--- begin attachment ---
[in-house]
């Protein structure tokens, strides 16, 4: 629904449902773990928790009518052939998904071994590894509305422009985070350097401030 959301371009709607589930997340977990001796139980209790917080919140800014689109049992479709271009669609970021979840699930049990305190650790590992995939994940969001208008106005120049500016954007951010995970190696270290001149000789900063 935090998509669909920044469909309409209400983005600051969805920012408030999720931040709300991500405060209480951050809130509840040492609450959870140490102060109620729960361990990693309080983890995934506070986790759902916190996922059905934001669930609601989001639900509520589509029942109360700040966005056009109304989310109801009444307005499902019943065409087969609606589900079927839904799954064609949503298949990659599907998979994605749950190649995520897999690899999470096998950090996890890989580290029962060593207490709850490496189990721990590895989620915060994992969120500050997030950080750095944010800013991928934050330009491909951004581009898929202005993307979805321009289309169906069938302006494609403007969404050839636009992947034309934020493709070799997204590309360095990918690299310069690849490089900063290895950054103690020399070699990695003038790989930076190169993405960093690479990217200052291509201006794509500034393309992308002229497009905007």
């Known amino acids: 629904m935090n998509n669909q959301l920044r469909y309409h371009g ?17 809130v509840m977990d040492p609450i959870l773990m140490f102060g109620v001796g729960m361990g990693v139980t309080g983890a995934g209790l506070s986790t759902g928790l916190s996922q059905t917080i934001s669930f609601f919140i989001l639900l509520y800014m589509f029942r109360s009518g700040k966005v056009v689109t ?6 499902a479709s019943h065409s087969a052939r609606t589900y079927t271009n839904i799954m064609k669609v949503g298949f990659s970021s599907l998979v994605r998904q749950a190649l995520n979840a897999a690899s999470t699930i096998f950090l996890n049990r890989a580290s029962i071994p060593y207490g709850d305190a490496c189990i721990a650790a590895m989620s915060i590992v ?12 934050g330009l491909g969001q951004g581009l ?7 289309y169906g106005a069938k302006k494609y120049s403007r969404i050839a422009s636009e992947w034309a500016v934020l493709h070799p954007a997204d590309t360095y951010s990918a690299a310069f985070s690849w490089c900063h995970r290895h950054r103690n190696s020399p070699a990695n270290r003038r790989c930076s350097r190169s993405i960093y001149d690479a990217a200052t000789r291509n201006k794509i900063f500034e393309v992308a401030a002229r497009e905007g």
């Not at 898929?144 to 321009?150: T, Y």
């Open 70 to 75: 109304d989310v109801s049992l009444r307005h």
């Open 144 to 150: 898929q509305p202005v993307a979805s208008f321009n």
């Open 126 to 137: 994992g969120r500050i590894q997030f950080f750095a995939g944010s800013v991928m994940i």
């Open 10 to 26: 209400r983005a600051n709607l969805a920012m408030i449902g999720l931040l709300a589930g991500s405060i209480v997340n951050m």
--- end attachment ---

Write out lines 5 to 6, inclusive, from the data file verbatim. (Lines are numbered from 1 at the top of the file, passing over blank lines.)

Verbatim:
């Open 70 to 75: 109304d989310v109801s049992l009444r307005h």
């Open 144 to 150: 898929q509305p202005v993307a979805s208008f321009n």